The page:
Pavement Preservation Journal - Winter 2012 - (Page 41)
Texas DOT Develops Crack Sealing Field Manual
By Dr. Yetkin Yildirim, P.E.
avement cracking inevitably develops in virtually all pavement surfaces, and is the primary mode of deterioration for asphalt pavements. Cracking is observed in a variety of forms: transverse, longitudinal, block and alligator. All types of cracks should be treated promptly as they contribute to accelerated pavement service life reduction. Cracks allow moisture to penetrate to a road’s base, which can cause serious damage. Neglecting pavement cracks typically leads to far more serious conditions, such as potholes, crack growth, spalls, secondary cracks and base failure. The main causes of cracking are thermal variations and excessive loading, which are expected and unavoidable. Because of this, it is important that road maintenance personnel are able to apply crack sealant efficiently, effectively and in a timely manner. In pursuit of this goal, the Center for Transportation Research at the University of Texas has developed a field manual for the Texas Department of Transportation (TxDOT) to provide a quick reference guide for cracks and crack sealing procedures. CHOOSE RIGHT ROAD First, for crack sealing to be effective, the right road must be chosen for the maintenance procedure. Crack sealing will not be able to repair serious structural failures, so the road in question must remain in good to fair condition in order to be a viable candidate for crack sealing. Additionally, roads that are scheduled to receive full-width seal coating or asphalt overlays will require crack sealing for cracks wider than 1/16 in. before subsequent operations. It also is important for maintenance personnel to identify which cracks are not suitable for crack sealing. For example, alligator or fatigue cracking is indicative of more serious structural conditions that will not be improved with the sealing of surface cracks. Once a proper candidate has been identified for crack sealing, further considerations must be taken into account before initiating the procedure. First, ambient temperature and the current weather conditions are important factors in the execution of crack seal applications. Crack sealing generally should be completed during cold months, when cracks are at their widest (ambient temperature around 45 to 65 deg F). During these times the sealant can more easily penetrate the cracks. Second, maintenance personnel must remain mindful of safety concerns. Materials that are used in crack sealing can be hazardous to both workers and commuters. Hot-pour sealants are applied at approximately 350 deg F, so caution must be taken in sealant application.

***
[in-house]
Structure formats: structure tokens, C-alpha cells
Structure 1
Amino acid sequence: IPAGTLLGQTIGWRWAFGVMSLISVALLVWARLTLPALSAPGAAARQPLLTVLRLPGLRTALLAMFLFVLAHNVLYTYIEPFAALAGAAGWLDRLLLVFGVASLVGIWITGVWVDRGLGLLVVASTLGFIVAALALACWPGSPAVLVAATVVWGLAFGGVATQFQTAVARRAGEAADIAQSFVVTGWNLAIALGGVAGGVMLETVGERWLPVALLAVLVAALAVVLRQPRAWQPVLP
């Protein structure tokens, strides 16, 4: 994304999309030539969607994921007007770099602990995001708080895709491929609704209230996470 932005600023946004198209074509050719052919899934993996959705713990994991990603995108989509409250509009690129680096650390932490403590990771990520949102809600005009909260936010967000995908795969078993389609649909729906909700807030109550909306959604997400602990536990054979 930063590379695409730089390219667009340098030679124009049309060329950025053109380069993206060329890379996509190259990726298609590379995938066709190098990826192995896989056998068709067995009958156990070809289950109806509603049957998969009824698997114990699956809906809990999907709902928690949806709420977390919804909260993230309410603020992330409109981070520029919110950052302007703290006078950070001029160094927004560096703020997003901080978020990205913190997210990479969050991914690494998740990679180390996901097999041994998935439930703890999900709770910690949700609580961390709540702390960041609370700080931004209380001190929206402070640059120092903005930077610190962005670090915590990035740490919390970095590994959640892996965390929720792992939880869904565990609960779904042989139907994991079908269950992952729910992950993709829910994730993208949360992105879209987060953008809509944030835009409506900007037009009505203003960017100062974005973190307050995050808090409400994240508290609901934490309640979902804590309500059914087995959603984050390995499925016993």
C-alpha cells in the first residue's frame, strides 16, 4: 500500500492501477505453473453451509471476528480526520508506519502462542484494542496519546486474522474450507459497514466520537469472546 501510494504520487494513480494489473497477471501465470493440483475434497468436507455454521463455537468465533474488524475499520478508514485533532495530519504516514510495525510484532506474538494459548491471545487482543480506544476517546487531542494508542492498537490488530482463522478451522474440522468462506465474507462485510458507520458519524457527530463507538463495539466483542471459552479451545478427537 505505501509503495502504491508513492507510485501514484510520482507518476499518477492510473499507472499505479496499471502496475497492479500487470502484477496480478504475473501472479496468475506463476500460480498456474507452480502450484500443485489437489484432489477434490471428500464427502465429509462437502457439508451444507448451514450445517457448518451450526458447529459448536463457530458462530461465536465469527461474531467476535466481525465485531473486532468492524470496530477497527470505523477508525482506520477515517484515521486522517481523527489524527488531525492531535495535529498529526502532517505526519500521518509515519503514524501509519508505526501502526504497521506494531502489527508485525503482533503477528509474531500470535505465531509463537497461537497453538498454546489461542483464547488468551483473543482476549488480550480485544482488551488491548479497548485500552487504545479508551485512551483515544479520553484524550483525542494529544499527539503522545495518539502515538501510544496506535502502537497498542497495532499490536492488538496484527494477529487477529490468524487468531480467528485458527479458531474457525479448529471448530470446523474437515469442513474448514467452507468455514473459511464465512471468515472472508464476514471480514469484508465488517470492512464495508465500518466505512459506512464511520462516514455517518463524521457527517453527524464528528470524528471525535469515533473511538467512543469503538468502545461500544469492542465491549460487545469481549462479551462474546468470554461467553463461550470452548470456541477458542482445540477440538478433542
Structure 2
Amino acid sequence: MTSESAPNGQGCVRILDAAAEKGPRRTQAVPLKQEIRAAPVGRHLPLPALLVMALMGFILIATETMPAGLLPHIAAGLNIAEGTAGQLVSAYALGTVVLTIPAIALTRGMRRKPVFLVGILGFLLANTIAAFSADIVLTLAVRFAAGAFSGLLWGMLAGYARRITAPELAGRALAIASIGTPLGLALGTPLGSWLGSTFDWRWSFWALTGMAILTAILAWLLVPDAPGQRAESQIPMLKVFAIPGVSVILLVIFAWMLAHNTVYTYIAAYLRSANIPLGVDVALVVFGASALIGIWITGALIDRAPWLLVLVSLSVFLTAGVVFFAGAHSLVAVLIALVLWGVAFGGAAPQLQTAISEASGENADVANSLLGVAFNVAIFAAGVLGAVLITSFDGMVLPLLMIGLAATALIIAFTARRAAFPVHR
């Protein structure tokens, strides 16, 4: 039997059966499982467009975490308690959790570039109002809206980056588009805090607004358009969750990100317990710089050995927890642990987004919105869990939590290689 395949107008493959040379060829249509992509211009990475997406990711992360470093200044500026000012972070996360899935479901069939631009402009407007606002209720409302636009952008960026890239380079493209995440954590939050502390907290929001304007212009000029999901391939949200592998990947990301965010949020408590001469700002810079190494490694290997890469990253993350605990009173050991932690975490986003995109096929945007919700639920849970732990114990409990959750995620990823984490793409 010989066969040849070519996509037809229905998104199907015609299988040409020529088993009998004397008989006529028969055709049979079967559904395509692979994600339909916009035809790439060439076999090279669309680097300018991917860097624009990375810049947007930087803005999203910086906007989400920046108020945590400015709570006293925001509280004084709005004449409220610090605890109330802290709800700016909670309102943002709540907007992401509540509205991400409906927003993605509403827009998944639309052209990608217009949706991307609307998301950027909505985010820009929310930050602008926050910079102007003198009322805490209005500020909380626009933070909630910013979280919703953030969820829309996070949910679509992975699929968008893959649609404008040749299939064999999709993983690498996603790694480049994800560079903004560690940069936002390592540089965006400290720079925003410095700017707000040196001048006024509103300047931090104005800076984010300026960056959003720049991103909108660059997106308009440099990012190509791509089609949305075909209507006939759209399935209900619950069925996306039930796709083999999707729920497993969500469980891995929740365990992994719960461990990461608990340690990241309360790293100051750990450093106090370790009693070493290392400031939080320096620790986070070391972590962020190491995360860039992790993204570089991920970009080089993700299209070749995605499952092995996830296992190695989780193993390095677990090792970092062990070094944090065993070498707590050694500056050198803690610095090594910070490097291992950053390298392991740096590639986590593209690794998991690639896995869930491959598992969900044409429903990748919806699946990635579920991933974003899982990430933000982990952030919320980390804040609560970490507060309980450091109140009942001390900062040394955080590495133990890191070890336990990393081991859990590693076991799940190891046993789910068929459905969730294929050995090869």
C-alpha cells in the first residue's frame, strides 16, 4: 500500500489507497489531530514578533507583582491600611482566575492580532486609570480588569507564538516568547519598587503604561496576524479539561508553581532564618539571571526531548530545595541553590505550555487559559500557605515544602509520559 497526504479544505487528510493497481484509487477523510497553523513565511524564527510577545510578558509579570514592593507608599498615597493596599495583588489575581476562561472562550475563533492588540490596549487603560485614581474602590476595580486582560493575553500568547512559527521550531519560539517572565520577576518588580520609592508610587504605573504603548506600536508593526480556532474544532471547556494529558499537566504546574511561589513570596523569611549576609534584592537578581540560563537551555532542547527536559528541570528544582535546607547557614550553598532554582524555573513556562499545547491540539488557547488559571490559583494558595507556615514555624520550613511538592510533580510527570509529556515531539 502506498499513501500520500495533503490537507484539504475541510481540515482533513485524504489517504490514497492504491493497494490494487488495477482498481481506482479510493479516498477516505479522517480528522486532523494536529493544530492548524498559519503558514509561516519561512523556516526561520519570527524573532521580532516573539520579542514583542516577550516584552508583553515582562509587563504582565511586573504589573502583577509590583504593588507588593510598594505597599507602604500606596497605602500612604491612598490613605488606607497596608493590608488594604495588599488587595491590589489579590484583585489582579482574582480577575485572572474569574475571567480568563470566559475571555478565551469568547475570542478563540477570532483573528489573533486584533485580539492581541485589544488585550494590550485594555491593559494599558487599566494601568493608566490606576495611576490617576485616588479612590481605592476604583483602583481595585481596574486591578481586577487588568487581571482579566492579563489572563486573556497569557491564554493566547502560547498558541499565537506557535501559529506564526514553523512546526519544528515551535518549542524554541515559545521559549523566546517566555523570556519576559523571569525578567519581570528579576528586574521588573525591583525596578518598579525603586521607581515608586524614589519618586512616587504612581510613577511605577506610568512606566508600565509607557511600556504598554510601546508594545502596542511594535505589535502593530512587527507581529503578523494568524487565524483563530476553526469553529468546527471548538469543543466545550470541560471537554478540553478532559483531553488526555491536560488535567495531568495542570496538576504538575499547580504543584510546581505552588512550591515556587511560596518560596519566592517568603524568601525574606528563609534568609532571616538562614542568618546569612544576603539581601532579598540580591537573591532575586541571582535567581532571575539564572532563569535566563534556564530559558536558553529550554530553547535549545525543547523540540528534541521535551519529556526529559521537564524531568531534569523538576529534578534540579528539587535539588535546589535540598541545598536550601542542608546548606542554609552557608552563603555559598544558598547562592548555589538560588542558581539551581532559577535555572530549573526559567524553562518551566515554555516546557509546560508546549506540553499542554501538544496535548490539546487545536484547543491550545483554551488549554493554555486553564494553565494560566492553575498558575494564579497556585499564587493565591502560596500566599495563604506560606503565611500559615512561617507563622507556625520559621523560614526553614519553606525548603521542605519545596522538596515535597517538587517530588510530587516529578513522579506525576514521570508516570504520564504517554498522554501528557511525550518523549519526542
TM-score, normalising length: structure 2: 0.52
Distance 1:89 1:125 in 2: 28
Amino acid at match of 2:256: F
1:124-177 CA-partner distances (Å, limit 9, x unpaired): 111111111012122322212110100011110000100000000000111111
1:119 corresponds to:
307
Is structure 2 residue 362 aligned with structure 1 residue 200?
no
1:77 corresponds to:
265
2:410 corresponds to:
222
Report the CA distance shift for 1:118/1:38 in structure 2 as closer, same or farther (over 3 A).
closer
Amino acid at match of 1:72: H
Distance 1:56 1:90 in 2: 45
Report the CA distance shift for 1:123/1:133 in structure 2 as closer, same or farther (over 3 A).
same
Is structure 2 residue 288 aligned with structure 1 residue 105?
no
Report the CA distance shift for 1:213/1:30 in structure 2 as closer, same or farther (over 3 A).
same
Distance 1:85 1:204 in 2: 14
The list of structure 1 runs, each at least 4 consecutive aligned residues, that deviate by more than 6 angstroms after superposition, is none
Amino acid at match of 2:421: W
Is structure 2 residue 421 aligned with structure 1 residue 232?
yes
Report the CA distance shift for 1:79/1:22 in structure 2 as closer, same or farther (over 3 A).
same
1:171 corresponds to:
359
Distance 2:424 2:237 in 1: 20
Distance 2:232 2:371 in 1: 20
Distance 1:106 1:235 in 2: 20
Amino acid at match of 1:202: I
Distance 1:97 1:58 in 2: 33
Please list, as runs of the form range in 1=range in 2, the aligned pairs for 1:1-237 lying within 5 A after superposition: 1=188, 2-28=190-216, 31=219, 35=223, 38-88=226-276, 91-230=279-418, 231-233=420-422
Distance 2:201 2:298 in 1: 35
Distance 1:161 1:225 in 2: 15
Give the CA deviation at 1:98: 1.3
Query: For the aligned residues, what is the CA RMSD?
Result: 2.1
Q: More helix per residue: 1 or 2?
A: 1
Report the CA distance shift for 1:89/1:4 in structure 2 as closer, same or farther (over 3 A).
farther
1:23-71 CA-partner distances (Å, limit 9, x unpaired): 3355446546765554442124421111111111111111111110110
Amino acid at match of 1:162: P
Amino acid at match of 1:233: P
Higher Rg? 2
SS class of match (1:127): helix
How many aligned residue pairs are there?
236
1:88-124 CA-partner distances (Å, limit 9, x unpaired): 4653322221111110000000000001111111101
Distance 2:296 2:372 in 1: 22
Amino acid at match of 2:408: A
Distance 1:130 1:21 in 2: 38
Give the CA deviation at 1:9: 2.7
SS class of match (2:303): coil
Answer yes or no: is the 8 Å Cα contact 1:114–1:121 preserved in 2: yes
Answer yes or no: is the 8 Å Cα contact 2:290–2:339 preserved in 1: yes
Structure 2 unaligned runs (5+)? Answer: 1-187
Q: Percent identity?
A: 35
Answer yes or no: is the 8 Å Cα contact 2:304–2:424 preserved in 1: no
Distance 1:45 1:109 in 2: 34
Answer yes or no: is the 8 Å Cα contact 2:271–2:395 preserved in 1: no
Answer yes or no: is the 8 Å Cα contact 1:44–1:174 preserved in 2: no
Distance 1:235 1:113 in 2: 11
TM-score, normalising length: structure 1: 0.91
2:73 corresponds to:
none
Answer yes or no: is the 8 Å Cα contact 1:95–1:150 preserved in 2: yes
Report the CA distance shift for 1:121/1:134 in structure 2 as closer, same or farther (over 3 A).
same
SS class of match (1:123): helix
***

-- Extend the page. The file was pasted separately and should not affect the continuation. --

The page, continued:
Additionally, traffic control must be taken into account in planning and execution of crack seal applications. The traffic control plan should take into account expected traffic volume, sealant curing time, and planned time between sealant application and removal of traffic control devices. METHOD OF APPLICATION With these concerns in mind, maintenance personnel next must select the method of sealant application. This selection will depend on the movement and physical characteristics of the crack. Appropriate candidates for typical crack sealing are cracks which have horizontal or vertical movement of less than 1/10 in. Typical crack sealing should also be used for cracks that have moderate or no edge deterioration. For cracks with movement greater than 1/10 in., routing procedures are required. Crack routing involves cutting along the crack to provide a uniform, rectangular reservoir in which the sealant is placed. This procedure creates uniform, smooth edges, which result in improved adhesion of the sealant material. Finally, once all of these preliminary concerns have been taken into account, execution of the sealant procedure can begin. First, the crack in question must be cleaned and dried. This cleaning will optimize adhesion between the sealant material and the pavement surface. Most crack seals that fail do so as a result of loss of adhesion, so cleaning is of utmost importance to the longevity of the sealant. Cleaning of the crack is achieved with high-pressure air blasting (away from traffic), and drying is completed using a hot air lance. When sealing large cracks, it is important that the sealant does not drain to the bottom of the crack. To prevent this, backer rods may be placed in the cracks before application of the sealant. When sealing wide areas, aggregate should be placed on top of the fresh sealant in order to maintain safe surface friction. Traffic should not be reopened to the construction area until the sealant has fully cured. If, however, traffic must be allowed on the area before curing finalizes, then blotting should be used, the application of fine aggregate or sand to the uncured sealant in order to prevent tracking from vehicle tires. Following these guidelines for crack seal project selection and construction procedure will greatly improve the efficiency of effectiveness of pavement maintenance practices. The crack sealing field manual developed by the Center for Transportation Research can be accessed in its entirety at www.utexas.edu/research/ctr/pdf_reports/0_4061_P3.pdf Yildirim is director, Texas Pavement Preservation Center.
Winter 2012 pavement preservation journal 41
Table of Contents for the Digital Edition of Pavement Preservation Journal - Winter 2012
Lee Road Preservation Study Unique to NCAT Research
San Antonio Condition Surveys
When Managing Pavements, Manage Friction As Well
Language Affecting Pavement Preservation in MAP-21 Will Benefit Preservation Community, Road Users
Lebanon, Ohio Uses FDR to Quell Refl ective Cracks
Texas DOT Develops Crack Sealing Field Manual
Implementation of International Road Management Systems
Index of Advertisers
Pavement Preservation Journal - Winter 2012